“Our goal with more funding would be to first expand what we have in place, such as more inspection days at House Creek,” he said. That boat ramp is only open four days per week during the season.
Underfunded federal landsErtel urged Tipton to pressure public land agencies for adequate funding.
“The federal government is the largest landowner in Montezuma County, and they need to be more responsible in how they fund it. Make the resources available so our land managers can do their job,” he said.
Budget cuts have also hurt recreation, which is a major revenue draw for the economy, said James Dietrich, the county’s federal lands planner.
For example, Sage Hen was closed several years ago to camping because of vandalism. Now there is not enough staff or funding to reopen it, Padilla said. Archaeological studies would also be necessary before camping was resumed to protect those resources.
At one point, the county considered seeking a land transfer to take over Sage Hen and reopen it to camping. Ertel said they have not “given up on the idea, but right now the mussel situation and protecting our lake has taken a higher priority.”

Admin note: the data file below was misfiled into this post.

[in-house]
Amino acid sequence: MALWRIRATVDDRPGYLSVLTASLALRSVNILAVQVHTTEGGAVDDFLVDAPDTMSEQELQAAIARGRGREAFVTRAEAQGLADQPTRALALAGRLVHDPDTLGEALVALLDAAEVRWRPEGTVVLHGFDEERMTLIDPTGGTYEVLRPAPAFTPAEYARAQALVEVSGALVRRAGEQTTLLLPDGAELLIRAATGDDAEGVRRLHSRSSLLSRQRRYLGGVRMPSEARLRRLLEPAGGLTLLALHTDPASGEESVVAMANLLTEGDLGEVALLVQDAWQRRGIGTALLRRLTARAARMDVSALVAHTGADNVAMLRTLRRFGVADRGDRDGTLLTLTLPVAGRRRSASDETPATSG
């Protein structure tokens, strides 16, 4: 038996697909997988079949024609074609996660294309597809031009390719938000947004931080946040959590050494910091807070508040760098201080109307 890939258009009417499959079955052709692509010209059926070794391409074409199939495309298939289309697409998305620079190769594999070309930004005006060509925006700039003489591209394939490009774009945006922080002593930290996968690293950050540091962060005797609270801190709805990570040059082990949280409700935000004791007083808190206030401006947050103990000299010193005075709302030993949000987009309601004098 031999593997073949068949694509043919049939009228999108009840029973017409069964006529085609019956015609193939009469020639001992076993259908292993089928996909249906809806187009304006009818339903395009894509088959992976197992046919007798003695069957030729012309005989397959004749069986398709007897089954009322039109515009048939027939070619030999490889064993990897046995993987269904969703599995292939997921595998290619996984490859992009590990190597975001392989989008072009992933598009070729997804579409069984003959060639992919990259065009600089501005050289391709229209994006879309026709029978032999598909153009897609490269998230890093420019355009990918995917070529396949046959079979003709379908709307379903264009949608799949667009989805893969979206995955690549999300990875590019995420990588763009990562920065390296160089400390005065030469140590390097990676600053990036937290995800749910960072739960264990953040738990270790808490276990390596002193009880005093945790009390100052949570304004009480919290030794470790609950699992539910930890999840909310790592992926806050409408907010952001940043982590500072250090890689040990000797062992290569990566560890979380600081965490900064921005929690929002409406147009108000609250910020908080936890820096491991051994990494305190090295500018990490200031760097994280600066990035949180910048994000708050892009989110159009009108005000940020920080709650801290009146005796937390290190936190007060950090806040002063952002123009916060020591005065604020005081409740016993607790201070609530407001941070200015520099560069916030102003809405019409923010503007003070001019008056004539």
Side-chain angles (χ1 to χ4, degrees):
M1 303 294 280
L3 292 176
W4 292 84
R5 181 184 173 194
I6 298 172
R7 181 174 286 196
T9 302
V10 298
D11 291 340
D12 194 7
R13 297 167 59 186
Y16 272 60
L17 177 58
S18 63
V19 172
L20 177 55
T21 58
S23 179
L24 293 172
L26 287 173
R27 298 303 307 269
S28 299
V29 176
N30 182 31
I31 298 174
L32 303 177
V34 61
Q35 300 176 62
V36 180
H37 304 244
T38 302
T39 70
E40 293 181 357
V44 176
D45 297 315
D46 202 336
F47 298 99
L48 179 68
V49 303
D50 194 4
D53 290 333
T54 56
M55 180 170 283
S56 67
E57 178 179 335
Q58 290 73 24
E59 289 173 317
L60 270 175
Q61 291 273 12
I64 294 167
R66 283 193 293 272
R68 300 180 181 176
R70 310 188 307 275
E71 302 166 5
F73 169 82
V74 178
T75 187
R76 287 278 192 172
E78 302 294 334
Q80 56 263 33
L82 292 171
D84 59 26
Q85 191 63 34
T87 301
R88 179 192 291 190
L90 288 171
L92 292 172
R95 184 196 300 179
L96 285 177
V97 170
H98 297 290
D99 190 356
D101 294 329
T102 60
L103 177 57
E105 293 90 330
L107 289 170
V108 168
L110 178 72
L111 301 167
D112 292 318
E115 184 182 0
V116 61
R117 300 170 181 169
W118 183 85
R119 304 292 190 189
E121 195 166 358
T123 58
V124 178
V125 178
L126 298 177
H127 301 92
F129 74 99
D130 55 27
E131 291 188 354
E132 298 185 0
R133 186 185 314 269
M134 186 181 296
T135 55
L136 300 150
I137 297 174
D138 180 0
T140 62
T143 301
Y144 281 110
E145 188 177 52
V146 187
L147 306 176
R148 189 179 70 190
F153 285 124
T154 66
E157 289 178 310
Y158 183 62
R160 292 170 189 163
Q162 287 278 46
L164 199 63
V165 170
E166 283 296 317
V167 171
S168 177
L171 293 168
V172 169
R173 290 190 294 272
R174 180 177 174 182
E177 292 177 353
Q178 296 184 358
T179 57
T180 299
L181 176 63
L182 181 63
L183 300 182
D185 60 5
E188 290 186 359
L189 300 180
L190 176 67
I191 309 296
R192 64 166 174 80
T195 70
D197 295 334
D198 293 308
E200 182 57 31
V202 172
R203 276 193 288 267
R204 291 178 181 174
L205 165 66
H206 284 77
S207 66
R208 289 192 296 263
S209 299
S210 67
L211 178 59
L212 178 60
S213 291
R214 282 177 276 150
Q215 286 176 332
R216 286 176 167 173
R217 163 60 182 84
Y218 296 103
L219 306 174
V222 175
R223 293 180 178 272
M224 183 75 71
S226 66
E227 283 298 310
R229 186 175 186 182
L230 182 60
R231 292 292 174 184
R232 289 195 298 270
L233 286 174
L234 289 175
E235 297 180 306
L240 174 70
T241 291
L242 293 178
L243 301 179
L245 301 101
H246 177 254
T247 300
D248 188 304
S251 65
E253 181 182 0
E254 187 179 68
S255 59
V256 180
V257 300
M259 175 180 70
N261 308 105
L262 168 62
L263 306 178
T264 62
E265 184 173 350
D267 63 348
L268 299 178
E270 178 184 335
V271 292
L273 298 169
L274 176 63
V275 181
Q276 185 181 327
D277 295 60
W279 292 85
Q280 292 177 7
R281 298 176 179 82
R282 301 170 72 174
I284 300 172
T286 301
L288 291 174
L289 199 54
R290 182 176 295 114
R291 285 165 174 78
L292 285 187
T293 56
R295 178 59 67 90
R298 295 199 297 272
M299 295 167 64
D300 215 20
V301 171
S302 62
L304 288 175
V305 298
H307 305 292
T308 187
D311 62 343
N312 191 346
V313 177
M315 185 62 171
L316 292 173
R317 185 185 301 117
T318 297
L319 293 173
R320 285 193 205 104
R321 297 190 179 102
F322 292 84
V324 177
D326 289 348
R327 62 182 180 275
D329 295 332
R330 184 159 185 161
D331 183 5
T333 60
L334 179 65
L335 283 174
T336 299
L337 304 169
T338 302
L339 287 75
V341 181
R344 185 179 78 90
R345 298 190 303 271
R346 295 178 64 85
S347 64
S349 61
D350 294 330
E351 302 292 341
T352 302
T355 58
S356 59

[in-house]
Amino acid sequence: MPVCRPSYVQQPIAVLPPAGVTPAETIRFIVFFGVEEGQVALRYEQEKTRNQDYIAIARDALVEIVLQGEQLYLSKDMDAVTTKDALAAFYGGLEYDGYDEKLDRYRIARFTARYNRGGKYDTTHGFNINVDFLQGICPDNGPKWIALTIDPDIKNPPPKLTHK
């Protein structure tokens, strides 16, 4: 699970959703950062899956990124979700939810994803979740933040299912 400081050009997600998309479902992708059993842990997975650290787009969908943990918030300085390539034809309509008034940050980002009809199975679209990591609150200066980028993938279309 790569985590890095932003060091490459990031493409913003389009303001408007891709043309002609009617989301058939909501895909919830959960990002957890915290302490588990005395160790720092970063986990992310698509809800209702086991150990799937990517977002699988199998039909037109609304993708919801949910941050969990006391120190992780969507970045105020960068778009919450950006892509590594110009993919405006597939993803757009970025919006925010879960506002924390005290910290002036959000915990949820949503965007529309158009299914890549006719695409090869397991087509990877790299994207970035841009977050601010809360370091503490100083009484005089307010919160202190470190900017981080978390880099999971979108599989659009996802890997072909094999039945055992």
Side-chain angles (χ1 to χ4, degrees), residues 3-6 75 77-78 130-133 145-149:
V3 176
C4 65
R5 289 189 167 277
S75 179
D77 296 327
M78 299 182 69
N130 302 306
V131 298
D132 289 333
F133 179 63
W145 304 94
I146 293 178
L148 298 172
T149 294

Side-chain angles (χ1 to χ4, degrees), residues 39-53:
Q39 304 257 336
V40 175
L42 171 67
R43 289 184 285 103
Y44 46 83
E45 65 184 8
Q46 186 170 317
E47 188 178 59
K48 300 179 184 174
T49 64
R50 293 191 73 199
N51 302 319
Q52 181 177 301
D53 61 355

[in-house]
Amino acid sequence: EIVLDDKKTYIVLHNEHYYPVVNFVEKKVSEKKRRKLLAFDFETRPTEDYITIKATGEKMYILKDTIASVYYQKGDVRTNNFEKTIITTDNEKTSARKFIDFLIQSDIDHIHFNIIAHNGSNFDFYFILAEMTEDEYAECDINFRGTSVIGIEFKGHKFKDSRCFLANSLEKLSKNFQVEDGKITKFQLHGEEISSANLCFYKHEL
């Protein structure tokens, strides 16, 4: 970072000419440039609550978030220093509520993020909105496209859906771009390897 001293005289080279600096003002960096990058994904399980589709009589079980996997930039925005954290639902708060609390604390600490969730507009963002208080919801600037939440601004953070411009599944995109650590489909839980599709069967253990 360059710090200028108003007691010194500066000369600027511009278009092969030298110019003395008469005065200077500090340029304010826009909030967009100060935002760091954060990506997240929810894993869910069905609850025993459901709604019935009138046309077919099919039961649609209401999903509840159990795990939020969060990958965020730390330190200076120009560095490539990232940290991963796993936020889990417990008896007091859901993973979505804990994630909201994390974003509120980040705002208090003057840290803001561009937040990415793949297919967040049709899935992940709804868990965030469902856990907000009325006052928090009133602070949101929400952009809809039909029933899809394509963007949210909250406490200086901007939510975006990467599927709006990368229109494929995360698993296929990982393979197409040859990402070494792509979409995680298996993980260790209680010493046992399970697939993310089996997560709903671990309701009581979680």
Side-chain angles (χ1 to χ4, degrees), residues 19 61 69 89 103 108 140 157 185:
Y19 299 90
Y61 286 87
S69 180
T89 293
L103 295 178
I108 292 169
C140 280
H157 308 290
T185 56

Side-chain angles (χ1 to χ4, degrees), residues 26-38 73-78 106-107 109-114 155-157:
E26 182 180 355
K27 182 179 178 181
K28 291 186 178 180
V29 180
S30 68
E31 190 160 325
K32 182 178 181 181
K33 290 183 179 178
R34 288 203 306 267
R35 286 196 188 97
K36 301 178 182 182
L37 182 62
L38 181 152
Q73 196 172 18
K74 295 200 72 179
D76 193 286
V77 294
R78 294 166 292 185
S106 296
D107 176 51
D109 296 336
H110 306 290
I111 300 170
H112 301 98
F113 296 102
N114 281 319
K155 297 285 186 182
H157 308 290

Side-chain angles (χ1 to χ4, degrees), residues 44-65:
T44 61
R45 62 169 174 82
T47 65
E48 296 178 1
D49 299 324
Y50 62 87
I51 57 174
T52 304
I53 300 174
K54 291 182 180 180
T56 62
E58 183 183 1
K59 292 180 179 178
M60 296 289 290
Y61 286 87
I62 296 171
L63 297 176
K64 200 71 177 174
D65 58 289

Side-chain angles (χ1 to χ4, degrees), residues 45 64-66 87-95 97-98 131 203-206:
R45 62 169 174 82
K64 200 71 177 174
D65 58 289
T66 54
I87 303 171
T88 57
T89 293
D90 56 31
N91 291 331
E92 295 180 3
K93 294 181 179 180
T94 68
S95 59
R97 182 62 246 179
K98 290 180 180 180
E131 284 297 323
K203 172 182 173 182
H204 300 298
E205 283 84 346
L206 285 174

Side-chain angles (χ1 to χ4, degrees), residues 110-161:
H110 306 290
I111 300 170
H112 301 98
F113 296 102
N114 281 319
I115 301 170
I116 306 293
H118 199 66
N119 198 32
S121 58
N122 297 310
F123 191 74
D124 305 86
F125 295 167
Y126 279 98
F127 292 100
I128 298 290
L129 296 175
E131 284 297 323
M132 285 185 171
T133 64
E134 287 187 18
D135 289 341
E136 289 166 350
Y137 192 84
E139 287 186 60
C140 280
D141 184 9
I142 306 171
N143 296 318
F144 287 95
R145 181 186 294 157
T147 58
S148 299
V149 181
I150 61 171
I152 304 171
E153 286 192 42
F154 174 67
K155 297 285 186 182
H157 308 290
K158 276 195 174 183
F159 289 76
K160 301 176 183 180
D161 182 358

Tipton said if there is enough local support, he would be interested in sponsoring a bill for the transfer.
Padilla pointed out the Forest Service does the best it can with the funding it receives. He said one focus has been upgrading campgrounds to accommodate power needs of modern campers. Cayton, Mavreeso and Dolores campgrounds have received upgrades; next up are House Creek and McPhee campgrounds.
Padilla addressed a proposal by the McPhee marina owner to locate a marina at the House Creek cove. But aerial maps showing fluctuating water levels year to year would make operating a marina there a challenge.
“In low water years, his operation would not fit, and there would not be enough room for ingress and egress of boats,” Padilla said.
He said the recent breakwater and marina at the McPhee boat ramp have led to increased use at the lake. A long-term plan is to expand the breakwater to create more calm waters at the marina.
Motorized route to MontroseTipton also was given an update on the county’s plan to open up a motorized trail from Sage Hen to Montrose that would connect with the Rim Rocker trail to Moab, Utah.
The route would utilize a Western Area Power Administration maintenance road to connect from Sage Hen to the road below the dam and Bradfield Bridge. From there, it would use existing roads, winding up through Naturita and eventually connecting to Montrose.
“It would be a signed route following existing routes. We know it is possible,” Dietrich said. “We are trying to tap into the adventure motorcycling market that is becoming more popular. The concept is that it would be open to ATVs and side-by-sides also.”
Some challenges to the Montezuma County section is working to mitigate impacts to sensitive archaeological and wildlife areas.
Tipton was at ease touring his backyard and meeting with local officials of his home district.
“It’s nice out here, and it would be great to see the lake get used more,” he said. “We used to fish and enjoy the lake from a pontoon boat.”